If you’ve ever been scouring the internet looking for a specific word on a word tracing worksheet then you’re going to love this free editable word tracing worksheet practice printable. You can customize it to say anything you’d like!
Not only can you put together custom printable worksheets based on your child’s skill level or learning goals but it comes in multiple fonts too. There’s guided tracing and bubble letters for those early writers and cursive fonts for kids who need handwriting practice.
I love that you can use this worksheet maker to customize your child’s writing practice. It’s perfect for preschoolers, kindergarten age kids, or homework help. The best part? It’s free!
Just enter the words you want on your printable worksheet into the generator, choose your font, and print it off. The more words you list the smaller they’ll get so make sure to adjust based on your child’s skill level. Preschoolers need larger words to practice on.
After they can write their name it’s important to have early writers broaden their writing skills. When they’re just starting out, though, it’s difficult for kids to remember how letters are formed. That’s why word tracing worksheets are helpful for early learners.
Worksheets are also a great way to improve vocabulary and get preschoolers ready to start kindergarten by practicing “school work”. You could also use this word tracing generator in your homeschool to teach all kinds of different concepts.
Most of the time writing practice worksheets choose the words for us. While that does take some of the uncertainty out of what to teach - it also means you don’t get to customize what your child is practicing.
When you create your word tracing practice sheets in the free generator you’ll get a custom worksheet that can say anything you want.
If you’re still unsure then a great starting point is the Dolce word list. It’s broken down by age so you can pick words that are suitable for your child’s level.
Sometimes practicing writing can feel like work to kids. Especially if you’re just introducing writing or worksheets.
If your kids are struggling to stay on task it’s important to consider a few things. First of all, are they ready for worksheets? Preschool aged kids do best when they’ve already developed pre-writing skills. Before they can form letters kids should build strength and technique by tracing lines and basic shapes.
If you feel your child is ready for worksheets but just isn’t staying focused here’s a few ideas that might help:
Let’s face it - most of the time we do things in life because we want rewards or fear consequences. Kids are no different. Instead of pressuring them into working, though, it’s best if you give some kind of reward or incentive.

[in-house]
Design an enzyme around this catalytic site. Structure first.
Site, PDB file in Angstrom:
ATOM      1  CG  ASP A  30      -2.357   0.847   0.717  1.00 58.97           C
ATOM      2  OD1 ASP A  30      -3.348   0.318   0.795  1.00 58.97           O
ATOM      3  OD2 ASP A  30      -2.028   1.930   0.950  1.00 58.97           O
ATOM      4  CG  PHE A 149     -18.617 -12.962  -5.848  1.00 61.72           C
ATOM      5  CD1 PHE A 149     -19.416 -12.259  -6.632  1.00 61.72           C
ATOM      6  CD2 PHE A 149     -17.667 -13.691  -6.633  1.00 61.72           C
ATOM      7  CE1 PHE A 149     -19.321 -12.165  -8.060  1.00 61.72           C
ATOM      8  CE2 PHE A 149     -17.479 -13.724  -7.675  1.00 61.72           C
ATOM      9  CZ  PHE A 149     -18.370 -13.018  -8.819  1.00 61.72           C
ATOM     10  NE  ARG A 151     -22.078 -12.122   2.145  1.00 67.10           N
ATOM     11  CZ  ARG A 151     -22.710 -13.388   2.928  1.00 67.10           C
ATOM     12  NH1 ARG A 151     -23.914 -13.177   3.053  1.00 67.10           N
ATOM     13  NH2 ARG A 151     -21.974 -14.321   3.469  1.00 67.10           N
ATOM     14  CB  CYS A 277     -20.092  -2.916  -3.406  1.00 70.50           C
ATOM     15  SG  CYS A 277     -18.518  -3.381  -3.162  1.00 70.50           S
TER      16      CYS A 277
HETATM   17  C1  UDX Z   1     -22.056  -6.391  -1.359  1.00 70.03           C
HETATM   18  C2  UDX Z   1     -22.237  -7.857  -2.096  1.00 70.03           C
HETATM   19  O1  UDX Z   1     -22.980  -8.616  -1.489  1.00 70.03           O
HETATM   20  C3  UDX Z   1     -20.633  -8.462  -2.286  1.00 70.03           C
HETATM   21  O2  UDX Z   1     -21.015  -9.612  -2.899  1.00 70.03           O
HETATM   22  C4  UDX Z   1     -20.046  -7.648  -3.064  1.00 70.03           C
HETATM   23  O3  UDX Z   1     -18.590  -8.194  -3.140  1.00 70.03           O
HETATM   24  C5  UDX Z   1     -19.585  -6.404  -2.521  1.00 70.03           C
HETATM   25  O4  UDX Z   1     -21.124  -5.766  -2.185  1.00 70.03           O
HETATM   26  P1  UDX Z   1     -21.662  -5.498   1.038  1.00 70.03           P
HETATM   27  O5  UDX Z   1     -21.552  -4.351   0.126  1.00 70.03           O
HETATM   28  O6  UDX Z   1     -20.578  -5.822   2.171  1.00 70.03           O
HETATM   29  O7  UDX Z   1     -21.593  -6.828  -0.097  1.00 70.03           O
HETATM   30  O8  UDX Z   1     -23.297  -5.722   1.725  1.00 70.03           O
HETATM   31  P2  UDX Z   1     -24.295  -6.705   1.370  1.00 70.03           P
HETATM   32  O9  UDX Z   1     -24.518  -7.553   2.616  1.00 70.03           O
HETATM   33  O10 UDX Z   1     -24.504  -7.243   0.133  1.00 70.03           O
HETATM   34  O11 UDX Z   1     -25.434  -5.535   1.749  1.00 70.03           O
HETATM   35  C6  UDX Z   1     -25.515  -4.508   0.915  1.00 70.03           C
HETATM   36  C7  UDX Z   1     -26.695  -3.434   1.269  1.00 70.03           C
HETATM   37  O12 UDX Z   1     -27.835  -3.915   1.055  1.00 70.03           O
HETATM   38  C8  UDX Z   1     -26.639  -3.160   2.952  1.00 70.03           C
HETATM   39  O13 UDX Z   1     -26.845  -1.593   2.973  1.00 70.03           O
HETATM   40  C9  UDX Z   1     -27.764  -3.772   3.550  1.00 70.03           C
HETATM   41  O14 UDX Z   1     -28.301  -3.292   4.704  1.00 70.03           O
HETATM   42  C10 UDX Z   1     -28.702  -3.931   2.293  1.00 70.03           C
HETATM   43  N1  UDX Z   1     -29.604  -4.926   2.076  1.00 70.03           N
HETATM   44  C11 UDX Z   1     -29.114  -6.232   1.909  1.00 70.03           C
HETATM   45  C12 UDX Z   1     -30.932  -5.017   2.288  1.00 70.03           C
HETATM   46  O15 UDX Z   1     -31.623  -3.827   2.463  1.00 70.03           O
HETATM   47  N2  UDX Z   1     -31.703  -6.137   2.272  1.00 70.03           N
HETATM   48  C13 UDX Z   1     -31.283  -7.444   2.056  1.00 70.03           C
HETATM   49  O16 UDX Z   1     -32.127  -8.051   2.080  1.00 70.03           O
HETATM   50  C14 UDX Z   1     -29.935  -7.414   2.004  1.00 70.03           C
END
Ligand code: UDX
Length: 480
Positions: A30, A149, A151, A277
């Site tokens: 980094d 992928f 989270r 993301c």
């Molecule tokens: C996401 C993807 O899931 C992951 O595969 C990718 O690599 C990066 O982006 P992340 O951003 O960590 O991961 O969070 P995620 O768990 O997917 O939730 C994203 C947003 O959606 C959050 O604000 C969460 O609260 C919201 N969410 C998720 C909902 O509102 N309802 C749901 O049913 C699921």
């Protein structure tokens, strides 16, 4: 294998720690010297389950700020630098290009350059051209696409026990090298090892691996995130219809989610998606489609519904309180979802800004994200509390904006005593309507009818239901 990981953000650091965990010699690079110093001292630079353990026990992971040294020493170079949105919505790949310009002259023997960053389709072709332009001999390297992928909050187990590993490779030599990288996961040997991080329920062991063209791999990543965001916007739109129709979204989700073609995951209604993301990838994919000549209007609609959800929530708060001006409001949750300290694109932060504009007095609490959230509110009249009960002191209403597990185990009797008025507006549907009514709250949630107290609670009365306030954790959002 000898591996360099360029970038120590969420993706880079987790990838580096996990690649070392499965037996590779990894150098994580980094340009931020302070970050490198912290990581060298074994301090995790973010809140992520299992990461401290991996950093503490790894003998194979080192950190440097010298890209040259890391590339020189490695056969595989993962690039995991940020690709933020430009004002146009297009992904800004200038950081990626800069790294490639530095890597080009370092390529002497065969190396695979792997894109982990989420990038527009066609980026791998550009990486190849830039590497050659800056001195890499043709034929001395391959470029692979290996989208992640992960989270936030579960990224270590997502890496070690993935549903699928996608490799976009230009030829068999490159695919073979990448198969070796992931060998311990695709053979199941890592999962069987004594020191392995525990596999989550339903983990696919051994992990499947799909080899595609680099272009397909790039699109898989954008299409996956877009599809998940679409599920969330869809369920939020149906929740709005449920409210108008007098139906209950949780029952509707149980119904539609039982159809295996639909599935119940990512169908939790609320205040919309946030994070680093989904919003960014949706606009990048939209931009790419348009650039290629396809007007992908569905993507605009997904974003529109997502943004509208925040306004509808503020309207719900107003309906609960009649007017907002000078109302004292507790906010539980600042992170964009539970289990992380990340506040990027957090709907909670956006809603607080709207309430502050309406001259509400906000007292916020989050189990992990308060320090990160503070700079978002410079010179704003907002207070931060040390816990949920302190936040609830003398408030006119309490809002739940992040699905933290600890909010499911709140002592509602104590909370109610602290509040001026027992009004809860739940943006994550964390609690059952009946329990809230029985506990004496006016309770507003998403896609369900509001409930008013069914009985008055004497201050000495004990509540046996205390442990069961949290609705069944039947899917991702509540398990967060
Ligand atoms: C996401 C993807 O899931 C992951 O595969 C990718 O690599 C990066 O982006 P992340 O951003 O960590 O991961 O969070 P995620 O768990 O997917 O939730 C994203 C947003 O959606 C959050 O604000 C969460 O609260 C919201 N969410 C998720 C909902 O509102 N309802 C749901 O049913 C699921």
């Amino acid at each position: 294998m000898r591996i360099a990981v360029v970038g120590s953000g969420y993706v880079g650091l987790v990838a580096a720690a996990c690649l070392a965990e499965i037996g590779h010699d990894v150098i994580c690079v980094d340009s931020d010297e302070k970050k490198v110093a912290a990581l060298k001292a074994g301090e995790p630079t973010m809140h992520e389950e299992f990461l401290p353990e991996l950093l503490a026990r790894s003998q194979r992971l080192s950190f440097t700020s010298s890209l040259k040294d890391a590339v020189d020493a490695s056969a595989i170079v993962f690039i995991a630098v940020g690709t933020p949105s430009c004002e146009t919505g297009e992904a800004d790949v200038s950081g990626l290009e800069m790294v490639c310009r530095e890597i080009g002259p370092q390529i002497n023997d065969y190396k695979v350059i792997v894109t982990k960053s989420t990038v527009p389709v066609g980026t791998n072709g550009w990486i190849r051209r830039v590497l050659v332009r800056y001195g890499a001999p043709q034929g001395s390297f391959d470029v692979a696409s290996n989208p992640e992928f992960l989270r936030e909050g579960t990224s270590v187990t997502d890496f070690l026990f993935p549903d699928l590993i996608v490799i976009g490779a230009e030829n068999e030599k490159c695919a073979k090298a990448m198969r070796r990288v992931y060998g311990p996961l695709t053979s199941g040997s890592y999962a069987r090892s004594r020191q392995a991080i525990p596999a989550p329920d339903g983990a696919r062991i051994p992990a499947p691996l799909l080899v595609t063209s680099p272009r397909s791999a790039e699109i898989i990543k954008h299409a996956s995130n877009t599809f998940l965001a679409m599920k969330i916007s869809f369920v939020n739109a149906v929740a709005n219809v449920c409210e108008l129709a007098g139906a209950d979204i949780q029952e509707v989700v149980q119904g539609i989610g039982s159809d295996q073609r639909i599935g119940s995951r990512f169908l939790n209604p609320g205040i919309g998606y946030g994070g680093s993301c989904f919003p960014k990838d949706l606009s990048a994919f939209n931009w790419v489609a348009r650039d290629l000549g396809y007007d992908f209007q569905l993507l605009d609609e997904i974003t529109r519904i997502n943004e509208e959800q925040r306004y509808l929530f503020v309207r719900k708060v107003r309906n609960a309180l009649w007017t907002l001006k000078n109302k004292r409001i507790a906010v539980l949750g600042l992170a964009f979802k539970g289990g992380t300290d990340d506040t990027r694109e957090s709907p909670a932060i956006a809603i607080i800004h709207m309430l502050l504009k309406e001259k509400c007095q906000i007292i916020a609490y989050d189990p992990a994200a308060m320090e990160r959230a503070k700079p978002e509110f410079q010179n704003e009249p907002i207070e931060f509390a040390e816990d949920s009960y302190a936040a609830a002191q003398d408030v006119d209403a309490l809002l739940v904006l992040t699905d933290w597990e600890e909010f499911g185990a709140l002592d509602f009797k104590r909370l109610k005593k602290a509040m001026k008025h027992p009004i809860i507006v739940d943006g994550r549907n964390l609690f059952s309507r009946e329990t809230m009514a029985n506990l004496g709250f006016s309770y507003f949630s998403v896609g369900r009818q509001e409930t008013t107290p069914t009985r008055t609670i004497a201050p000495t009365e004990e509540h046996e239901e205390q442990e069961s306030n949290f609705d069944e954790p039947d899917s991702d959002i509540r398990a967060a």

It might be a sticker on a chart that will eventually lead to prizes, an outing or playdate when they’re finished with “work”, or doing something together that they love.
You probably already know that there are certains times of day where your child is more agreeable than others. Take advantage of that and plan challenging activities like writing for those times where your kids are typically interested and engaged.
The average preschooler has about a ten minute attention span for difficult tasks like writing. Trying to push beyond their limits not only makes learning a chore, it also creates tension between the two of you. Sometimes it’s best to just end the activity when young kids are losing focus.
Writing isn’t fun for all kids, especially preschoolers. That’s OK! Remember, just because your kid doesn’t want to write at age 3 doesn’t mean they won’t enjoy it by the time they enter kindergarten.
For those kids you still want to establish those early reading and writing skills, but you can do it in more interesting ways. Maybe you can have the child write with different instruments like markers or crayons. Another idea is to have them paint the word or arrange play dough over the letters. Look at what your kids are interested in and go from there!
One last thing to keep in mind when using writing worksheets with your kids is that they don’t have to be done perfectly to be educational. What that means is even if your child traces just one word and opts to draw or scribble on the sheet they’re still developing fine motor and pre writing skills.
Preschool aged children shouldn’t be expected to write competently, especially younger ones. But, by introducing writing worksheets custom created for their age level and interests you’ll have a greater chance of success. If things don’t go well at first, keep trying.
At the end of the day, though, the important thing is to spend time with your kids and have fun!